2.6. Multilocus Sequence Typing (MLST)

MLST was performed for Klebsiella pneumoniae according to the Institute Pasteur MLST (

2.7. Screening for Mutations

The genes ramR, marR, soxR and rpsJ were amplified and sequenced with the primers described previously [18,21].
Standard PCR protocols and conditions were used in the following way: initial denaturation at 94 °C for 5 min; 35 cycles of 94 °C for 30 s, 52 °C for 1 min and 72 °C for 1 min; and a final incubation for 5 min at 72 °C. We used Taq DNA polymerase and dNTPs from QIAGEN (Hilden, Germany), and a T3000 Biometra thermocycler (Biometra, Germany).
Sequencing was performed with the Mix2Seq Kit (Eurofins Genomics).
Sequence analysis was performed with Serial Cloner v2.6 and BLAST (Basic Local Alignment Search Tool,

3. Results

Two Klebsiella pneumoniae isolates (MurTR-KL001 and MurTR-KL002) were randomly sampled from the river Mur during a study not linked to tigecycline.

3.1. Antimicrobial Susceptibility Testing

Both isolates revealed only resistance to tetracycline and tigecycline but stayed susceptible to all other tested antibiotics. Isolate MurTR-KL001 revealed a minimal inhibition concentration to tigecycline of 4 µg/mL and MurTR-KL002 of 8 µg/mL (Table 1).

3.2. Genetic Analyses

The two isolates belonged to two different unrelated MLST types: ST2392 (rpoB:1, gapA:2, mdh:172, pgi:1, phoE:9, infB:1, tonB:116) and ST2394 (rpoB:4, gapA:126, mdh:1, pgi:1, phoE:4, infB:3, tonB:351). Both MLST profiles had not been described prior to our study. Notably, tonB of MurTR-KL002 revealed a new allele (tonB 351) (Table 1).

3.3. Determination of a Plasmid-Encoded Resistance Mechanism

The plasmid type FIIS could be determined in both isolates. Transformation experiments revealed that no resistance was transferred by plasmids.

3.4. Determination of a Chromosomally-Encoded Resistance Mechanism

All alleles of soxR, marR and rpsJ were identical with sequences from tigecycline susceptible Klebsiella pneumoniae strains previously described (GenBank accession numbers: CP000647.1 [22], CP009461.1 [28], CP003999.1 [29], KC843636.1 [21]). Even though marR of MurTR-KL002 harbored a silent mutation (C270A), no other mutations within these genes could be observed.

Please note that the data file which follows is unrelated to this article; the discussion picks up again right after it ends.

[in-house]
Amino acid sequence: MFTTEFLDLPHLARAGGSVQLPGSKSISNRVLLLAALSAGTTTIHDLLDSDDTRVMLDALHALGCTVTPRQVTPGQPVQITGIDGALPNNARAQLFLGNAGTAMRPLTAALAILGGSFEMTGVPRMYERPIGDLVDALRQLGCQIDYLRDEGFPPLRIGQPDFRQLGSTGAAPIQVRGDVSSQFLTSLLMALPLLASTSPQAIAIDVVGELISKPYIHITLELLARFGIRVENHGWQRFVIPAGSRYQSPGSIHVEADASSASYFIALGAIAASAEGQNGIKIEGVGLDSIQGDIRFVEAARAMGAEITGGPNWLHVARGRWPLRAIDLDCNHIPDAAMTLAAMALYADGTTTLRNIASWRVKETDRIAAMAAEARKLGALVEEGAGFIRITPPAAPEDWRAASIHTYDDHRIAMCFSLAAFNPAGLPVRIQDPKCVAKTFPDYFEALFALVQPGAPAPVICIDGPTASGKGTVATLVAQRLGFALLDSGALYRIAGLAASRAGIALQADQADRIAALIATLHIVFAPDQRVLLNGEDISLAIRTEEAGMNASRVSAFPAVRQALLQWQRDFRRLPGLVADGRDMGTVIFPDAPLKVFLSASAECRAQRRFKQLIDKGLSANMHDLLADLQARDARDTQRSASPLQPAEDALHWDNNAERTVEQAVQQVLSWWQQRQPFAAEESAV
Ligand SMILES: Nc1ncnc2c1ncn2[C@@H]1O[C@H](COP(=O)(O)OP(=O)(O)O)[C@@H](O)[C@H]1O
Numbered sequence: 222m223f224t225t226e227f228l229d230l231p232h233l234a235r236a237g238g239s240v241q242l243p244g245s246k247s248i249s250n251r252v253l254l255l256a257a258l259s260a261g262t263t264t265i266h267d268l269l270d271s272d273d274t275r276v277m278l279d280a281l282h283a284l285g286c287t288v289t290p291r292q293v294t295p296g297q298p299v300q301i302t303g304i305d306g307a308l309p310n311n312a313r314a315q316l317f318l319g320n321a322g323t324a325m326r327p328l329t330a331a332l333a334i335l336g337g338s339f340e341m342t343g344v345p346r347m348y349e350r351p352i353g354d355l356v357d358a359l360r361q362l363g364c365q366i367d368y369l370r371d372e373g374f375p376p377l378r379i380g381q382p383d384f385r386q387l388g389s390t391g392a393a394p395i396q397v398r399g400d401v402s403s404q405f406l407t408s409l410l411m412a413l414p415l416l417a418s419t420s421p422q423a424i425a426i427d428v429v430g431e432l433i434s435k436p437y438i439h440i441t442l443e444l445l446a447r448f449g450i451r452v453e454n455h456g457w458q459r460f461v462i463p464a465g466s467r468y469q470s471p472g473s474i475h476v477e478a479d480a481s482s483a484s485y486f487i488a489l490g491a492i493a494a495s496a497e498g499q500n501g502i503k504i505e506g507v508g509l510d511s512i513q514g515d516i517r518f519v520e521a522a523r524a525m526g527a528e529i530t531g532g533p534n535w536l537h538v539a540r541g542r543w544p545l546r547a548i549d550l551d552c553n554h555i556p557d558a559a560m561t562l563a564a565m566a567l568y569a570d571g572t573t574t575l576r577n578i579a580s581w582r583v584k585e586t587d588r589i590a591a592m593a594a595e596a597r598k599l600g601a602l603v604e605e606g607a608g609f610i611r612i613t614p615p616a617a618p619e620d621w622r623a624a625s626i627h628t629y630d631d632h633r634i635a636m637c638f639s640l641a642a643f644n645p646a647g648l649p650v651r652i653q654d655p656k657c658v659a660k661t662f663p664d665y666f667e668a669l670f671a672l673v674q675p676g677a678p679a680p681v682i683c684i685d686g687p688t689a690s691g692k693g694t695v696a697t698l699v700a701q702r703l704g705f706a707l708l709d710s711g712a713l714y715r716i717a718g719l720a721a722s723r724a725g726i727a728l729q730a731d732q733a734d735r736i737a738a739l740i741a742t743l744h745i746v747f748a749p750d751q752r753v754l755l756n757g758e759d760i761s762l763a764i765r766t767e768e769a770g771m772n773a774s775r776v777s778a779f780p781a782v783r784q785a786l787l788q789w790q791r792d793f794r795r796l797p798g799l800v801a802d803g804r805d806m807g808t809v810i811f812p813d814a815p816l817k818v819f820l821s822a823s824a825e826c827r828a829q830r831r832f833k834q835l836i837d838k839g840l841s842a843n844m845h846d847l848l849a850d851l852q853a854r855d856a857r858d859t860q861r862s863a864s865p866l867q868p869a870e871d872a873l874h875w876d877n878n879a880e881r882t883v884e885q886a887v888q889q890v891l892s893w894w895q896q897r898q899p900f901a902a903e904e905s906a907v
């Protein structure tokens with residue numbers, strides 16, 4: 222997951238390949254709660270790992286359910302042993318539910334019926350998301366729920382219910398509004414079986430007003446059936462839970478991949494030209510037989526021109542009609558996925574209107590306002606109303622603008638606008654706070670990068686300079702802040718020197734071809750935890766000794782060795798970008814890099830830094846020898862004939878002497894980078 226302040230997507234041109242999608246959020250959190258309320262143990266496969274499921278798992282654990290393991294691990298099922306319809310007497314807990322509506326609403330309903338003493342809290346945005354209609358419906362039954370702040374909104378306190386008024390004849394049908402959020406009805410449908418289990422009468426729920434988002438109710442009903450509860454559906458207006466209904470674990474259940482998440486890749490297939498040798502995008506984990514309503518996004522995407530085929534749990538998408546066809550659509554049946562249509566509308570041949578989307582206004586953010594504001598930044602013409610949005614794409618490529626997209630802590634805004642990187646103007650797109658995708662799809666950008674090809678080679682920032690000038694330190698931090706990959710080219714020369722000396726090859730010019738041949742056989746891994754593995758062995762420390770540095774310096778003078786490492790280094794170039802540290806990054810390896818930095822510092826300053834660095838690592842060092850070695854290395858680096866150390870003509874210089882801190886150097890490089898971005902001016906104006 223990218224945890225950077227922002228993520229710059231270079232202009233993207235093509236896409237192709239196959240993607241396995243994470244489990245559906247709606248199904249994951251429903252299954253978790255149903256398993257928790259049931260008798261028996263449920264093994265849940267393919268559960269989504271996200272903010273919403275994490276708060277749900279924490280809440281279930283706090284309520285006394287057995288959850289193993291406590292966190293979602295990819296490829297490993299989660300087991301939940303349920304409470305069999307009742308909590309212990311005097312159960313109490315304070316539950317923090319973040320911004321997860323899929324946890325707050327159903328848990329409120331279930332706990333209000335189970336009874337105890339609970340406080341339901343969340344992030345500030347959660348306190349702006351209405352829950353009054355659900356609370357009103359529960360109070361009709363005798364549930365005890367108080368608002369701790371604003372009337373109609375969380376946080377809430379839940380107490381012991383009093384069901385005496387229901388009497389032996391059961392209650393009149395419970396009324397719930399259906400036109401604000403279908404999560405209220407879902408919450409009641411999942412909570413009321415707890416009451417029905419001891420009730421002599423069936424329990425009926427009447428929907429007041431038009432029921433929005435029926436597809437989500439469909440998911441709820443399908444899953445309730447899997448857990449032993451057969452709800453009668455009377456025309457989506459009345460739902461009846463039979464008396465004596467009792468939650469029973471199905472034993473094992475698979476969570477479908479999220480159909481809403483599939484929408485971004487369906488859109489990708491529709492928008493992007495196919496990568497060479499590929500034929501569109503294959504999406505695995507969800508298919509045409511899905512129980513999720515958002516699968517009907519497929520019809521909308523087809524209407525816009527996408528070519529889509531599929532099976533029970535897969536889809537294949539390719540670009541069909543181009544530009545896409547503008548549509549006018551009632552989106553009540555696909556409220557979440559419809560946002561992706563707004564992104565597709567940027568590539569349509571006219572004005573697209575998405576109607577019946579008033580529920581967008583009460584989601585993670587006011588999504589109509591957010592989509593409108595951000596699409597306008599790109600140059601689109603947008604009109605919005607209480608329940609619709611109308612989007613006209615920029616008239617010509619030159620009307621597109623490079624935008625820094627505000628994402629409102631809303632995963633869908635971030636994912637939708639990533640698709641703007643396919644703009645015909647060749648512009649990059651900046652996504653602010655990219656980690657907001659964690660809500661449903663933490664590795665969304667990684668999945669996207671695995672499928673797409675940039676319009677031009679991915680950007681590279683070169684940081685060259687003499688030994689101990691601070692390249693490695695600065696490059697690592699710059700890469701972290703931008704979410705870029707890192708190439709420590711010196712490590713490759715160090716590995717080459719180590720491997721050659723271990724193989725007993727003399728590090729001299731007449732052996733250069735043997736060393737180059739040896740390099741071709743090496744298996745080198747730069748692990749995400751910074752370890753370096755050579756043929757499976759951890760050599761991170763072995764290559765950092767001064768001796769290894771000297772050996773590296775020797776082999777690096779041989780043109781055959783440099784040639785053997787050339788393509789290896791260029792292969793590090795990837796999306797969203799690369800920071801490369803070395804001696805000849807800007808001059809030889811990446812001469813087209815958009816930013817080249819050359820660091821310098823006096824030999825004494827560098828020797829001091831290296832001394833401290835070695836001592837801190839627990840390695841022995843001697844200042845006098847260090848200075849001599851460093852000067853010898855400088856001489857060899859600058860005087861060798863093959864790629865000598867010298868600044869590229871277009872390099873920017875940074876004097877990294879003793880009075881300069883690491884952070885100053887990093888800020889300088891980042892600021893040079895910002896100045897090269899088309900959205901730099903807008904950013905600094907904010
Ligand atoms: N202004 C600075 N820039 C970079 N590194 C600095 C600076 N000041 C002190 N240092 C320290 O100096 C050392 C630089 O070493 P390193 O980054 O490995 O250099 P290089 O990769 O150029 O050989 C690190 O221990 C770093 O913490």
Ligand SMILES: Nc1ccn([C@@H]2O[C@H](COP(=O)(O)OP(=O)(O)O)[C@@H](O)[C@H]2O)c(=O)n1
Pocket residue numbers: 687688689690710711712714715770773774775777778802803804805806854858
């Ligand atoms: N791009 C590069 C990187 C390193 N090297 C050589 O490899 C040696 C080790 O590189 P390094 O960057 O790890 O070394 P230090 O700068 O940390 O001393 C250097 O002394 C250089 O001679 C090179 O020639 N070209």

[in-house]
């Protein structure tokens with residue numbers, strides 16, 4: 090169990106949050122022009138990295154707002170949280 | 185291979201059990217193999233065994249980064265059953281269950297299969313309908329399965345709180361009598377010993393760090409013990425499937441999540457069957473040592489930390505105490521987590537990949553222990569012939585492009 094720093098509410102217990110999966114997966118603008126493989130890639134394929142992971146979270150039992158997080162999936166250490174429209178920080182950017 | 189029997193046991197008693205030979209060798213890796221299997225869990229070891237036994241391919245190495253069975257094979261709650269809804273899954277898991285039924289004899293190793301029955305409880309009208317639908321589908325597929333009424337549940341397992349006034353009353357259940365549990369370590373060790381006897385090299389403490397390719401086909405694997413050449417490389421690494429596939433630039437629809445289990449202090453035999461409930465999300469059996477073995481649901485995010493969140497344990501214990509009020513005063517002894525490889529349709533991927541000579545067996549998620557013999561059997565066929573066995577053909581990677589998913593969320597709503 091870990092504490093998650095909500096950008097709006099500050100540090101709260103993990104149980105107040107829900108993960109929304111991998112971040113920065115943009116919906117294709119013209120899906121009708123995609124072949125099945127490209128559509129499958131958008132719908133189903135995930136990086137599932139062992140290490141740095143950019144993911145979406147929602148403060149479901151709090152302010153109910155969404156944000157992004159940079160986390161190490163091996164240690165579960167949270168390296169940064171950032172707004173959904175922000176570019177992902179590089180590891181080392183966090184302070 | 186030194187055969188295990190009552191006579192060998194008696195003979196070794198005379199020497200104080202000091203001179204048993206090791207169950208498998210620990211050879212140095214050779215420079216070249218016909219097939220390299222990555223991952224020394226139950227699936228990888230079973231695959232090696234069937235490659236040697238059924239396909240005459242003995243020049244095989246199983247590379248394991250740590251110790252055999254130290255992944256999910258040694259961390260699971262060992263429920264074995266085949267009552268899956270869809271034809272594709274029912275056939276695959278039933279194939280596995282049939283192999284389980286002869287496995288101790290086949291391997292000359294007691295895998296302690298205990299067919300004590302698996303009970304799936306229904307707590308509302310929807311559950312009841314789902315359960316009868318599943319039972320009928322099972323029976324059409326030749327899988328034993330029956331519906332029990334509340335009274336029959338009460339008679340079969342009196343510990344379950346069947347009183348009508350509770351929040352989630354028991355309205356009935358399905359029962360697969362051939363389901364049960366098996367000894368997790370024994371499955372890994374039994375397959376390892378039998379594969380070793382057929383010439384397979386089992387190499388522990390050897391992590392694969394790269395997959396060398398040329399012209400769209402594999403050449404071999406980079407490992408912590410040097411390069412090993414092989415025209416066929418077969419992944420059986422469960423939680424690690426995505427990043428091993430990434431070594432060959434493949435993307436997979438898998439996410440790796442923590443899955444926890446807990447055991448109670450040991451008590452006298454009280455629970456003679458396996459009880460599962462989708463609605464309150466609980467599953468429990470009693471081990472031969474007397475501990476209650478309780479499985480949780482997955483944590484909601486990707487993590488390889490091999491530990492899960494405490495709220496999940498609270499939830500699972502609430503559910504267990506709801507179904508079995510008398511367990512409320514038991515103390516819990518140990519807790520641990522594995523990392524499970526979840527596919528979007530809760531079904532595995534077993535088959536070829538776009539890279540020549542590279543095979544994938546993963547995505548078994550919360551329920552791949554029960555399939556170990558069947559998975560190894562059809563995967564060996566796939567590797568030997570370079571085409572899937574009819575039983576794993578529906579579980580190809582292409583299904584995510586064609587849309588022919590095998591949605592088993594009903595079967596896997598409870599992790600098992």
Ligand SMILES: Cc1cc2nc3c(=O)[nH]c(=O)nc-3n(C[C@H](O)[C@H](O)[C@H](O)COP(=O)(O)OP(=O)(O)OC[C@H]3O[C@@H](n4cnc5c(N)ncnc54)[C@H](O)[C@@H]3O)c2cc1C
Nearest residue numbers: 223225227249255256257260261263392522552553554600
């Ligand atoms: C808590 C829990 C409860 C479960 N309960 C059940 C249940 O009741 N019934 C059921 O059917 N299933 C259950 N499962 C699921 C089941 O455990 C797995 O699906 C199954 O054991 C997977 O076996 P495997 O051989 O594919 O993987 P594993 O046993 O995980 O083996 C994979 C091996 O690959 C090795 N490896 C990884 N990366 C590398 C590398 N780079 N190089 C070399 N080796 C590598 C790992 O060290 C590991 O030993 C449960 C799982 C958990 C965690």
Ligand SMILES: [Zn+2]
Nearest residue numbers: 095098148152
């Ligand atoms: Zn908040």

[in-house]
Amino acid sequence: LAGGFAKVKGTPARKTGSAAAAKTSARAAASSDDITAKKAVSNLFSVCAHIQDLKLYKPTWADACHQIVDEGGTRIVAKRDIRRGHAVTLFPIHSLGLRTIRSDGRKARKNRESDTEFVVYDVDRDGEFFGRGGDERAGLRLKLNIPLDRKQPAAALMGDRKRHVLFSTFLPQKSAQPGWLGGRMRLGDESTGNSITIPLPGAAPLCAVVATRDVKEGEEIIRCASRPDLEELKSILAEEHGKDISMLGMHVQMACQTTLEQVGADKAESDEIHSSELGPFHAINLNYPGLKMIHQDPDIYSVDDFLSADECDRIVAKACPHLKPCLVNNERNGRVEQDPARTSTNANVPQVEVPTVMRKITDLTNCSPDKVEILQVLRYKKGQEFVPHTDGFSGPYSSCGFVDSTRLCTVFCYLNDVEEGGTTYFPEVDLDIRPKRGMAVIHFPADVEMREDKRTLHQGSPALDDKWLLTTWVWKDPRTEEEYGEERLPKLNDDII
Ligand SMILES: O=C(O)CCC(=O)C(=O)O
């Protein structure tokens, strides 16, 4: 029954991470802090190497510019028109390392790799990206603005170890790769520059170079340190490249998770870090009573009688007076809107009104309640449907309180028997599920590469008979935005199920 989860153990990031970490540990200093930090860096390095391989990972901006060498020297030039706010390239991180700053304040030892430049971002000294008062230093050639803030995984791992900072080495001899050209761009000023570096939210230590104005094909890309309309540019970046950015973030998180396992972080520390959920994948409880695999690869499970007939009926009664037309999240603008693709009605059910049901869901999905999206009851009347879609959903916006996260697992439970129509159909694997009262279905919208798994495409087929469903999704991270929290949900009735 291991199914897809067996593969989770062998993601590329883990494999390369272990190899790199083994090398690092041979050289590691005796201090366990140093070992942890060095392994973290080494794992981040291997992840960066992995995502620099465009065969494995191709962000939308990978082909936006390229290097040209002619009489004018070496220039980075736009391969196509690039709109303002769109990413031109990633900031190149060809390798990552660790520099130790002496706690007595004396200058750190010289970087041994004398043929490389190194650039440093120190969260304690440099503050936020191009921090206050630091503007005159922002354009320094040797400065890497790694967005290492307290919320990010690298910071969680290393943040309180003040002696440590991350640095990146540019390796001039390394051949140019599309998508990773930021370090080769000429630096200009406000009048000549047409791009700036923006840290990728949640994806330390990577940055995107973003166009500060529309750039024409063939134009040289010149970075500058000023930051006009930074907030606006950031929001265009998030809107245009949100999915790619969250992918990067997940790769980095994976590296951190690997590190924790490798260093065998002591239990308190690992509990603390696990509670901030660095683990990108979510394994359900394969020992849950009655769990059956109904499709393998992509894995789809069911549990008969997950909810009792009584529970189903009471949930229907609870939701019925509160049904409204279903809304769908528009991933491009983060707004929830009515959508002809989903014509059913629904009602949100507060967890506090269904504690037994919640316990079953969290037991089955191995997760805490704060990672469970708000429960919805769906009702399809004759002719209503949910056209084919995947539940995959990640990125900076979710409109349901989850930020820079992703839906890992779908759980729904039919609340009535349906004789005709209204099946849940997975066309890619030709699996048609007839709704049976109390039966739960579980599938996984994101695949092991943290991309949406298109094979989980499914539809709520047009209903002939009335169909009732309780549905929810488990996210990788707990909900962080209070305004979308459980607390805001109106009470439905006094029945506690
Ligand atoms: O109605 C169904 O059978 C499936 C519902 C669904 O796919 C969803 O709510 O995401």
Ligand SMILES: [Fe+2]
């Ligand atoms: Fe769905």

With regard to the reference strain Klebsiella pneumoniae subsp. pneumoniae MGH 78578 (GenBank accession number: CP000647.1 [22]), mutations in both isolates could be observed within the ramR allele. RamR of MurTR-KL001 primarily harbored a four base pair deletion (∆ 518–521CCCG) resulting in a frameshift. Secondarily, a silent point mutation was on position 291 with a G to A mutation. RamR of MurTR-KL002 harbored a point mutation (152A > C), which resulted in an amino acid substitution (K51T) (Table 1).

4. Discussion

Tigecycline non-susceptible Klebsiella pneumoniae were recently isolated from heavily polluted coastal waters in Brazil [30] and less recently from hospital sewage in Saudi Arabia [31]. Other resistant Enterobacteriaceae could be recovered from drinking water samples in India [32].
However, such reports from more “decent” aquatic settings are rare in the current literature. Recent cases of tigecycline-resistant Klebsiella pneumoniae were reported from urban surface waters in Brazil: from a river downstream of a wastewater treatment plant, in Curitiba [1], and from an urban lake and reservoir in the city of Sao Paulo [4].